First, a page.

#netlink #linux #ip

yanked netlink-socket

netlink sockets, with optional integration with mio and tokio

Uses old Rust 2015

0.0.2 Jul 11, 2018
0.0.1 Jul 11, 2018

#55 in #netlink

32 downloads per month
Used in iproute2

MIT license

429 lines

Build Status


This project aims at providing building blocks for the netlink protocol (see man 7 netlink).

The netlink protocol is huge but the two most widely used subprotocols are the generic netlink protocol and the route netlink protocol (see man 7 rtnetlink).

The project is in its early stages, and I'm currently focusing on the route netlink protocol.



  • the netlink_socket crate provides netlink sockets. Integration with mio and tokio is optional.
  • the rtnetlink crate provides types for netlink's route subprotocol (see man 7 rtnetlink). Integration with Tokio is optional.
  • the iproute2 provides higher level abstractions for the route protocol, like the iproute2 commands: it leverages the netlink route protocol to offer access to links, addresses, arp tables and route tables. It is fully asynchronous and built on top of tokio.

Before starting working on this library, I've checked a bunch of other projects but none seems to be really complete.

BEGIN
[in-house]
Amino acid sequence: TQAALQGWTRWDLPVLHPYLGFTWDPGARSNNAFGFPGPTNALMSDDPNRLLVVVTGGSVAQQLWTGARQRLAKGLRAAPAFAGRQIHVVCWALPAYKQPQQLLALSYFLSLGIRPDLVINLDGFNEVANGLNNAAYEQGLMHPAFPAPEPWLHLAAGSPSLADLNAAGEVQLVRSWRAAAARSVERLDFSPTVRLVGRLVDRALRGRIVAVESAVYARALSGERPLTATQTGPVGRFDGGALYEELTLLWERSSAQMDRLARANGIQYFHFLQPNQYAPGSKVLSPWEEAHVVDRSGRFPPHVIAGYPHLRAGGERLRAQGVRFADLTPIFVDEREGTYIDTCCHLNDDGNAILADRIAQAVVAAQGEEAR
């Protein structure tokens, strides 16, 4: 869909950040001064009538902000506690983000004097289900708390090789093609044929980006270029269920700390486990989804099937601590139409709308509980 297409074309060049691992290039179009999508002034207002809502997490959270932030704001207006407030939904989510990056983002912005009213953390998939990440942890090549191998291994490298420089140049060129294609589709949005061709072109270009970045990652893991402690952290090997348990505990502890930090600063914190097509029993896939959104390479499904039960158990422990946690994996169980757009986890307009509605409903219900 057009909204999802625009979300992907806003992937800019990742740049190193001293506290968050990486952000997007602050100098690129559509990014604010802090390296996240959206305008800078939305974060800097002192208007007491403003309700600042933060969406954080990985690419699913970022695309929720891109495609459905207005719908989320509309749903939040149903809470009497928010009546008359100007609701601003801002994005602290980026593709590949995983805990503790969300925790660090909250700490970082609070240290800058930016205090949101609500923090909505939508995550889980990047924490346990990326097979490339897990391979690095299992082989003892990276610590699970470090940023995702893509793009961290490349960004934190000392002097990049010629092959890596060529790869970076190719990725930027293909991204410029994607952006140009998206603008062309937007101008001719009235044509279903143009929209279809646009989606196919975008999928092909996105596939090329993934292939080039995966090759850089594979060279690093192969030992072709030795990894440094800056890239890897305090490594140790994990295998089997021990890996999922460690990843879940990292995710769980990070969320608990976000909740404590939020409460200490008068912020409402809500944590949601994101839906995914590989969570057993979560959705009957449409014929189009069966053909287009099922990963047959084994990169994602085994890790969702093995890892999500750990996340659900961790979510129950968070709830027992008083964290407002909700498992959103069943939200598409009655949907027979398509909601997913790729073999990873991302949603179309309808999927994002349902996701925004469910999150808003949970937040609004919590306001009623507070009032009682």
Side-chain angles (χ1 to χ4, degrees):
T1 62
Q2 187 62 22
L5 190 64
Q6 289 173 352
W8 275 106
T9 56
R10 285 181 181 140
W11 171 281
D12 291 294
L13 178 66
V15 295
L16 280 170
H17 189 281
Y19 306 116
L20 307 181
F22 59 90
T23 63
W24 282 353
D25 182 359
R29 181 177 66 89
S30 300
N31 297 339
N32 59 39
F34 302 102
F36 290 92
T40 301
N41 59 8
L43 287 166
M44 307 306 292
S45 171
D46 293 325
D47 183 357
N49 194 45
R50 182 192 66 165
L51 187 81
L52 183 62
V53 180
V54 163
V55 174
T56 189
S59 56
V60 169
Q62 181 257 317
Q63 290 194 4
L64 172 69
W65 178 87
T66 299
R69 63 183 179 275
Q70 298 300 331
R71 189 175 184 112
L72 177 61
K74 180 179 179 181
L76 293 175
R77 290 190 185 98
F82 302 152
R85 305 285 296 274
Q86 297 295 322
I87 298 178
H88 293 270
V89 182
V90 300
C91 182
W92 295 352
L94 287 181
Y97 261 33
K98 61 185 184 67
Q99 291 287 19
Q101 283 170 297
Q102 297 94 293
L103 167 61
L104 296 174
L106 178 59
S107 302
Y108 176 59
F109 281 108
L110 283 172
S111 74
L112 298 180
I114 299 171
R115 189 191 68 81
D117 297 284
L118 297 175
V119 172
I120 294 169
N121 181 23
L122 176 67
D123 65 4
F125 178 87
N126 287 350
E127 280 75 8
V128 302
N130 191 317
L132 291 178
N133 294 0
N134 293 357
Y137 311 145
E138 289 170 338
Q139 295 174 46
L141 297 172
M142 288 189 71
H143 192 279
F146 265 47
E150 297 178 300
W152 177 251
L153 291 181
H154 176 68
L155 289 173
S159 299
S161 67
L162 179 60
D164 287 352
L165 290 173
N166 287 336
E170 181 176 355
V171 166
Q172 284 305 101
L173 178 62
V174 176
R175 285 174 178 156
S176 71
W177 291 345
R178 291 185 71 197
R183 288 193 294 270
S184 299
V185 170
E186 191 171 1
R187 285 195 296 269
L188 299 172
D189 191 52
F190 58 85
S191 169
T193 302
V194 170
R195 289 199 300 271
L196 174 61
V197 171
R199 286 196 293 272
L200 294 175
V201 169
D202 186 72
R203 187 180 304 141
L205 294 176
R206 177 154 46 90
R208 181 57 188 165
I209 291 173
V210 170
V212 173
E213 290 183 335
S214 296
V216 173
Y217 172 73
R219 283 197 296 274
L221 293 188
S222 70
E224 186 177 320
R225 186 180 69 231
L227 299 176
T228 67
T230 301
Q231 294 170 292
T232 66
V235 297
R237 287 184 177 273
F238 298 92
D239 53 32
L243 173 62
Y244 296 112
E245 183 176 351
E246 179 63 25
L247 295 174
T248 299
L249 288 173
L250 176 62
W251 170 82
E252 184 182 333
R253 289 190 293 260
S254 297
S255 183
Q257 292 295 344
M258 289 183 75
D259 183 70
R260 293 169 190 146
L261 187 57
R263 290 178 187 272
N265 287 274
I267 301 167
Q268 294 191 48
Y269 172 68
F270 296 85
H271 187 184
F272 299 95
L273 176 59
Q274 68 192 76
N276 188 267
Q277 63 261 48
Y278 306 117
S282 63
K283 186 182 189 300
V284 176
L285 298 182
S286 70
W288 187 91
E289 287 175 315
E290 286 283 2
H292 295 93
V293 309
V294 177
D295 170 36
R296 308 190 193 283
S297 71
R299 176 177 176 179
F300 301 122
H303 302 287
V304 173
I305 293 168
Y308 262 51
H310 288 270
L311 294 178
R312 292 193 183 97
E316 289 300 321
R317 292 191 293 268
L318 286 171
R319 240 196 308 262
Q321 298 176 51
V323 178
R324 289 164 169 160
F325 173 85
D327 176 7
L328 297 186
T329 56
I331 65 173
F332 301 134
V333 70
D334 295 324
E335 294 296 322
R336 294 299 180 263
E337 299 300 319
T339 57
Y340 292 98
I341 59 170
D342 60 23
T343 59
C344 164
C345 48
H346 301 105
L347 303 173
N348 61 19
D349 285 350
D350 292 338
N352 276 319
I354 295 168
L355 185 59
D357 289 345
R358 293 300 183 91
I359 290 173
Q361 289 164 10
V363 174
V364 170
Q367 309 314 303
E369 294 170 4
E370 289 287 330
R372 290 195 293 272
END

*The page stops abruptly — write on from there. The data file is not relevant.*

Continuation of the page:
• libnl: netlink implementation in C. Very complete with awesome documentation.
  • pyroute2: a very complete and readable implementation in pure python.
  • netlink: a very complete and very actively maintained go project, seems to be widely used.


My main resource so far have been the source code of pyroute2 and netlink a lot. These two projects are great, and very nicely written. As someone who does not read C fluently, and that does not know much about netlink, they have been invaluable.

I'd also like to praise libnl for its documentation. It helped me a lot in understanding the protocol basics.

The whole packet parsing logic is inspired by @whitequark excellent blog posts (part 1, part 2 and part 3, although I've only really used the concepts described in the first blog post). These ideas are also being used in @m-labs's smoltcp project.

Thanks also to the people behing tokio, especially @carllerche, for the amazing tool they are building, and the support they provide. The project structure and code quality are mind blowing, and some parts of this projects are basically rip-offs from tokio's source code.

Finally, thanks to the Rust community, which helped me in multiple occations.

Other resources I particularly appreciated:


~12K SLoC